I’m wandering back and forth in the French Sector of Geneva Airport, searching for the shuttle company that’s supposed to take me to Chamonix. There’s little time to waste — the moment I set foot inside my rental apartment, I intend to strip down, don running clothes, and dash off into the mountains without a care in the world. At last I find my shuttle (not in the French Sector at all), and we are on our way, flying along at nearly mach one-hundred in our minivan on the highway surrounded by bigger and bigger mountains. That is, until the biggest one of all comes into view, like a gigantic dollop of melted vanilla icecream hovering above rows of black, craggy pinnacles. I gasp: “Le Mont Blanc!“
Cham is always a flurry of sensation and experience: mild culture shock; overpowering mountain scenery; fantastic food; and warm people all generally stoked about alpine sports round out the atmosphere. I intended to climb Mont Blanc via the Gouter within my first or second day in town but fickle weather kept me playing at lower altitudes. One week isn’t enough time to expect to summit Mont Blanc — unless you get a perfect weather window early in the week — and then rest sufficiently for a demanding ultra a matter of days afterwards.
The moment I arrived (June 20), I sprinted up the hill to check out the first climb of the Mont Blanc 80K. The race begins in town, climbs steeply on pavement for ~5min, then funnels onto tight singletrack that switchbacks past the refuge of Bel Lachat to the summit of Brevent. I knew from my race last year that I didn’t want to get stuck behind a bunch of people, so I realized that if I could move quickly for five minutes at the start of this race, I’d secure a good position and be able to cruise uncontested for another hour until we reached the top of Brevent.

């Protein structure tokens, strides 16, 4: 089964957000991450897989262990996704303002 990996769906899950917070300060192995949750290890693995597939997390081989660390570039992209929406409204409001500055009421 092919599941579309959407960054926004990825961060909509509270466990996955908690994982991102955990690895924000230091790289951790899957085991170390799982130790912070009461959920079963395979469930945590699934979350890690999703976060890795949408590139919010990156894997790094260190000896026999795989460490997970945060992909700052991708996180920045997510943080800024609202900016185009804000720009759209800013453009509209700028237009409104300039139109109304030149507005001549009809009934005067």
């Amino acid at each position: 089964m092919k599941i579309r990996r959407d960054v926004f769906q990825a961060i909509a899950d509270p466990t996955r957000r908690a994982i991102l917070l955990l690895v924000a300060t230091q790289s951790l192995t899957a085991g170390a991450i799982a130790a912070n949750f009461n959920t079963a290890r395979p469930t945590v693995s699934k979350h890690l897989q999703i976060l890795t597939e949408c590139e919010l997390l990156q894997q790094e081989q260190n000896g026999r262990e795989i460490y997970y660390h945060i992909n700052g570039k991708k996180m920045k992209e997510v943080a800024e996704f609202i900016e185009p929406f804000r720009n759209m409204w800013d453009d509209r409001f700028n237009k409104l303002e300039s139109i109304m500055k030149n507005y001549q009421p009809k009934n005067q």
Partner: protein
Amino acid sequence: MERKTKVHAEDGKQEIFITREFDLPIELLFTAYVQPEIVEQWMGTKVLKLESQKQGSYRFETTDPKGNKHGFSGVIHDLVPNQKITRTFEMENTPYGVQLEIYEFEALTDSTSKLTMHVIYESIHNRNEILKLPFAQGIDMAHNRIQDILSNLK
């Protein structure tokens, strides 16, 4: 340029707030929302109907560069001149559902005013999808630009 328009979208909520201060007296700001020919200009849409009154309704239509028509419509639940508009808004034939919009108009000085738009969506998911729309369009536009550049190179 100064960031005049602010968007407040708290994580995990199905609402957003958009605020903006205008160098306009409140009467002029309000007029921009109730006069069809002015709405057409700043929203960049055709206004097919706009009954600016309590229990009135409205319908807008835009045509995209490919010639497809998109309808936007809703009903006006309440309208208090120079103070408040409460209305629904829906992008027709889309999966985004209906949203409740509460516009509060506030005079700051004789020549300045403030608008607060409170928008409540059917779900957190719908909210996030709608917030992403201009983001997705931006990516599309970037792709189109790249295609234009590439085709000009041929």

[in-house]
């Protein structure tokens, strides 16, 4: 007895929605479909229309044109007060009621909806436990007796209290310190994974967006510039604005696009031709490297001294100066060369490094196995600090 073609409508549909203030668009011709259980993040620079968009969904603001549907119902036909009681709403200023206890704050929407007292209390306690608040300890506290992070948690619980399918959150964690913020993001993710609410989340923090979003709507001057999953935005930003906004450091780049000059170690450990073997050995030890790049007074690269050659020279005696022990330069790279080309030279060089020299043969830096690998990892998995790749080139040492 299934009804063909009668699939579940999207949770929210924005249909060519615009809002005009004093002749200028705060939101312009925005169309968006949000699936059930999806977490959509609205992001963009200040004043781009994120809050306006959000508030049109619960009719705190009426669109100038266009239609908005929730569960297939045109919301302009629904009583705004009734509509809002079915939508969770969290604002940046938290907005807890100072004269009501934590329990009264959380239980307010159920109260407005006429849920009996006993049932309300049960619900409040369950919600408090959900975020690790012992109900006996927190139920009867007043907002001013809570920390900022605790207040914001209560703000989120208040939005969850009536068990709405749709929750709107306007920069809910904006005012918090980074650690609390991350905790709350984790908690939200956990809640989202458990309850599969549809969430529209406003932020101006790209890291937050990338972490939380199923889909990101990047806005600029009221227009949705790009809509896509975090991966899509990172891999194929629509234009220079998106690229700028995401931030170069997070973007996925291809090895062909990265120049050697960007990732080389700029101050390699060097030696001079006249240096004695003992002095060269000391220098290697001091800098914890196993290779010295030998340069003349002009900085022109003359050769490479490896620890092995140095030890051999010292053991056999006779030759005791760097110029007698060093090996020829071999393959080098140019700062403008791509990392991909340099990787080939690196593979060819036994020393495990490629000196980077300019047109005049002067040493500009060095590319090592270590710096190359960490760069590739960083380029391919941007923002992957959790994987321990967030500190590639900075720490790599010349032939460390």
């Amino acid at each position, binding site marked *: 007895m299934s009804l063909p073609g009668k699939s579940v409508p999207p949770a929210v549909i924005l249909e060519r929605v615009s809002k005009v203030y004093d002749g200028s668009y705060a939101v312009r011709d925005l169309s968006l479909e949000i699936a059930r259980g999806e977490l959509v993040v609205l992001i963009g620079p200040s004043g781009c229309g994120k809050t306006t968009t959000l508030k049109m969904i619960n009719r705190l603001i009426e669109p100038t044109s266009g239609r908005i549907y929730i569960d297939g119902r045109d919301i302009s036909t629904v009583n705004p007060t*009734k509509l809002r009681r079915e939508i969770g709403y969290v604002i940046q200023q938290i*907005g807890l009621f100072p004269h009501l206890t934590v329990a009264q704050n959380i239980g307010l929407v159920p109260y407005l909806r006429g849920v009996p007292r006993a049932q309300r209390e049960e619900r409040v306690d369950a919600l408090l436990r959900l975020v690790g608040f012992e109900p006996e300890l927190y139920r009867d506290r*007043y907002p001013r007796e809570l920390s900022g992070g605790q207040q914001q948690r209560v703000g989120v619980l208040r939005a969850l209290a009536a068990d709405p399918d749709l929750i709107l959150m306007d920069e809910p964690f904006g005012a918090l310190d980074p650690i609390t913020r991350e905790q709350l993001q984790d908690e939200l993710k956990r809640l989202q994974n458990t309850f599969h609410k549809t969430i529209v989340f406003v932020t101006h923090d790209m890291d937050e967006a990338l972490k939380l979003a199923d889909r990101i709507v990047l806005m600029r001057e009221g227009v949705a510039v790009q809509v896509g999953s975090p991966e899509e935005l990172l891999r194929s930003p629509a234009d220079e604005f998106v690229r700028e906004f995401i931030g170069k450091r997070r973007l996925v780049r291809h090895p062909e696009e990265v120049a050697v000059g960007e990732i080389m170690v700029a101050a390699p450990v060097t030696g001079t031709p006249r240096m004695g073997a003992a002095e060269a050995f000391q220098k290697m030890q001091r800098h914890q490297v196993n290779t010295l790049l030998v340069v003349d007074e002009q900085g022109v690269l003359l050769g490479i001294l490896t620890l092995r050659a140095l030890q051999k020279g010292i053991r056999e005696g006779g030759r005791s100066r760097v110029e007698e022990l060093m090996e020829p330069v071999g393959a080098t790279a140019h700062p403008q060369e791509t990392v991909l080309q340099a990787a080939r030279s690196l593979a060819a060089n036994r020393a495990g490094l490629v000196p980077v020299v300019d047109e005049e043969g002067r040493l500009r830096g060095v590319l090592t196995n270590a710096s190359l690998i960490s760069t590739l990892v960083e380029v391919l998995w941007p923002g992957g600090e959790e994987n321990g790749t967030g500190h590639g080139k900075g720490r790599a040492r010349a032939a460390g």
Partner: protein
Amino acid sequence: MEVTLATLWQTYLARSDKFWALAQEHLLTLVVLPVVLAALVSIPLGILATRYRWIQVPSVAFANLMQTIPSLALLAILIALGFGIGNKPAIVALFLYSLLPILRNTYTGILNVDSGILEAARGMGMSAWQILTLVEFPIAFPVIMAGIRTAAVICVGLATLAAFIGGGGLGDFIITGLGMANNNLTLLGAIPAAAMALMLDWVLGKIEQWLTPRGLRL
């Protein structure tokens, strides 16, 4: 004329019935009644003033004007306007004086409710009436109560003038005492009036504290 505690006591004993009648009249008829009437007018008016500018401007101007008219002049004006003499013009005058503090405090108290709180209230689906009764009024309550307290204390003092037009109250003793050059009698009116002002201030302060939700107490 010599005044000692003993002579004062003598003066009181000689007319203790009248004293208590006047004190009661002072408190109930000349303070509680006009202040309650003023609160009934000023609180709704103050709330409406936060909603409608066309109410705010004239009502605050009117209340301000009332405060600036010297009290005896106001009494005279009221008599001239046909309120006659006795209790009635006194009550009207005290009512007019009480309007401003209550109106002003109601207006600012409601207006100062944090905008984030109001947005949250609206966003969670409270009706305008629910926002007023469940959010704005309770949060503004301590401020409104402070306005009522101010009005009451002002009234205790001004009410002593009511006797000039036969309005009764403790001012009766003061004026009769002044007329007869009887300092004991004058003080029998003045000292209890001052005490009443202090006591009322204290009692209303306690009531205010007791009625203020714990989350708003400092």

One notable episode of this run was crossing paths with a burly boucton (ibex), who I addressed in the same manner I communicate with Canadian goats and sheep — by blahhht-ing like a sheep at them. He simply snorted in response. Stuck-up French goats… I descended to Planpraz via the Mont Blanc Marathon route, then back to town underneath the gondi line. Woo! (2h56m/18km/1412m)
Day two (June 21), I flirted with ideas of trying to bag Mont Blanc or Mont Buet but the weather appeared rather poopy when I opened my eyes and looked out the window. I didn’t really feel like taking the bus anywhere either, so I just headed out the door intending to slog up to the famous Mer de Glace lookout at Montenvers, then scope out the final part of the course.
My hike up to Montenvers was hot and sweaty and I greeted the cool breeze of the Mer de Glace glacier with arms outstretched. I promptly bagged Signal Forbes — at least the part where all the people stop and take pictures — looked around and said, “what next?” I looked up along the broken ridgeline extending from Signal Forbes toward l’Aiguille de l’M and started scrambling. It was very pleasant scampering up huge plates which stayed in place as I hopped and leapt between them, and offered texture via their coating of lichen. Once I reached the “summit”, I continued along the exposed ridge for awhile until I wasn’t really comfortable anymore, then headed back.